The International Monetary Fund said on Friday a stronger yuan would boost China's economy but the Asian power showed no sign of heeding a growing clamour to budge on its rigid exchange rate.
Speaking at annual meetings of the Asia-Pacific Economic Cooperation (APEC) forum, IMF chief Dominique Strauss-Kahn said most Asian currencies were undervalued and advised governments against "resisting" currency reforms.
"A revaluation of the currency in China, for instance, will have the result of an increase in household income," he told reporters ahead of a weekend summit being attended by Chinese President Hu Jintao.
US President Barack Obama is also due at the Singapore summit, and other Asian countries reeling from the dollar's plunge have been joining Washington's demands for China to let the yuan appreciate.
The dollar's long decline is bad news for export-reliant Asian countries that are struggling to maintain competitiveness, particularly against Chinese rivals benefiting from the yuan's government-enforced stability.
Following the criticism, Hu sought to play up the global benefits of his government's economic stimulus measures in a speech to an APEC business forum Friday.
China's 585-billion-dollar spending package and other policies have helped "the international effort to alleviate the impact of the financial crisis and restore world economic growth", Hu said.
"China will further boost domestic demand, vigorously expand the domestic market, and promote balanced growth of domestic and external demand," he said, adding the world economy still faces "uncertainties and destabilising factors".
Echoing US Treasury Secretary Timothy Geithner, Strauss-Kahn commended the Chinese government's handling of the economic crisis.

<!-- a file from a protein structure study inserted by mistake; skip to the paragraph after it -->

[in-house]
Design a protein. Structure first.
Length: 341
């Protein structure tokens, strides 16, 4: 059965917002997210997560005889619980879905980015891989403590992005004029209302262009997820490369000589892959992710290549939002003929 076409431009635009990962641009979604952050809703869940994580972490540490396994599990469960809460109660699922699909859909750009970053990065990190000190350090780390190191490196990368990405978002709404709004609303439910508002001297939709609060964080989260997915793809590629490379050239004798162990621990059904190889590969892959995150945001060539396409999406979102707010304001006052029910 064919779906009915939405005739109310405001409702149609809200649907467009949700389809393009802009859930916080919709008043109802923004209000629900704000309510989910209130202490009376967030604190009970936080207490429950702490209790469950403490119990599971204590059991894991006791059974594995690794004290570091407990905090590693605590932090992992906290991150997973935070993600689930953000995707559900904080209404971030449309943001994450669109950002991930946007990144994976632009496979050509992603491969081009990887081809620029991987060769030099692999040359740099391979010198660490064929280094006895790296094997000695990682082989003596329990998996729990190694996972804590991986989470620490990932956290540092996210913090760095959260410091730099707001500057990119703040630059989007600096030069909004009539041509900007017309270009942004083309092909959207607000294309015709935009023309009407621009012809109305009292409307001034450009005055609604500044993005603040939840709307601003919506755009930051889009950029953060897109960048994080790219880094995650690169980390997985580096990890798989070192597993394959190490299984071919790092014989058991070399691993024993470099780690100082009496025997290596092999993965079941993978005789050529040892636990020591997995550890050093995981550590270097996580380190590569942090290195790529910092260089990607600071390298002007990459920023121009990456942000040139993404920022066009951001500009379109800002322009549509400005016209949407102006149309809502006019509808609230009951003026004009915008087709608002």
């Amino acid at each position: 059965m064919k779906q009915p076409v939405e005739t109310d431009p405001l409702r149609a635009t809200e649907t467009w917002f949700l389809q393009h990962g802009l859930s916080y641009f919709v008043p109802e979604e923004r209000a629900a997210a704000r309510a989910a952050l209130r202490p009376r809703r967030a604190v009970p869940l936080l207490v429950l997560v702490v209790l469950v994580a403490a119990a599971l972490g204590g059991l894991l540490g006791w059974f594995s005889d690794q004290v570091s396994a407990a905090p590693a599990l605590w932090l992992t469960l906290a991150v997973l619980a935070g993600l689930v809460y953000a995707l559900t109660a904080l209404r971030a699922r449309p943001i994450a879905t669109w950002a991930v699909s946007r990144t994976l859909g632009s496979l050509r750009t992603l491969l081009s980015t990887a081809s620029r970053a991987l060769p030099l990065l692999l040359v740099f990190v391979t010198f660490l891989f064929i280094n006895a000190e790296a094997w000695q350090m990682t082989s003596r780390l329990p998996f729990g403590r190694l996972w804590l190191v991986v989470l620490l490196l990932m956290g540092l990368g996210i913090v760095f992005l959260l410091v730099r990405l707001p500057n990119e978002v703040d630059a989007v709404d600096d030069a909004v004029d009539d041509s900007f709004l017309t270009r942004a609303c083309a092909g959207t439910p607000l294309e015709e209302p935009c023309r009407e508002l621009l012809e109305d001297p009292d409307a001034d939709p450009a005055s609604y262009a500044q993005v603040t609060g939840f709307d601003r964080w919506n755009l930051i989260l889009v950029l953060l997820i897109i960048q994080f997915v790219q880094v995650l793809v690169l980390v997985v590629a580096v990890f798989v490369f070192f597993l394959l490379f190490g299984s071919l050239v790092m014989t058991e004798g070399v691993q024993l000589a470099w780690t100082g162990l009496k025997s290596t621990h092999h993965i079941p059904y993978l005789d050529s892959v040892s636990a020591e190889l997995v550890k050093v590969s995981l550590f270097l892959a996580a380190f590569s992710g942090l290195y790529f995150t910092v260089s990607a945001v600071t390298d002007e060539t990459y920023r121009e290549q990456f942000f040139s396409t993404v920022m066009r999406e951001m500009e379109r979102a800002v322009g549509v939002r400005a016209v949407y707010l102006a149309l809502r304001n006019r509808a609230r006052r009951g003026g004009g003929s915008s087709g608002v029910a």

Its stimulus package and an emphasis on domestic consumption were "the right way to go", he said.
"Certainly as a result of all this rebalancing of the Chinese economy, one of the results will be a pressure upwards on the value of the currency," he said.
In advance of the summit, APEC finance ministers Thursday called for greater exchange rate flexibility, in what is widely seen as code for China to allow the yuan to strengthen against the dollar.
In a joint statement, they said APEC members should follow "monetary policies consistent with price stability in the context of market-oriented exchange rates that reflect underlying economic fundamentals".
Hu's speech made no clear mention of the yuan controversy.
"We should promote economic structural reform with a focus on regulatory reform in a voluntary, flexible and pragmatic fashion," he said, without elaborating.
China's central bank said in a quarterly report Wednesday that its exchange rate policy would begin taking into account "changes in international capital flows and the trends of major currencies". It also did not elaborate.
But China's central bank vice governor Yi Gang said on the sidelines of the APEC meeting that the government's yuan policy had not changed, Dow Jones Newswires reported.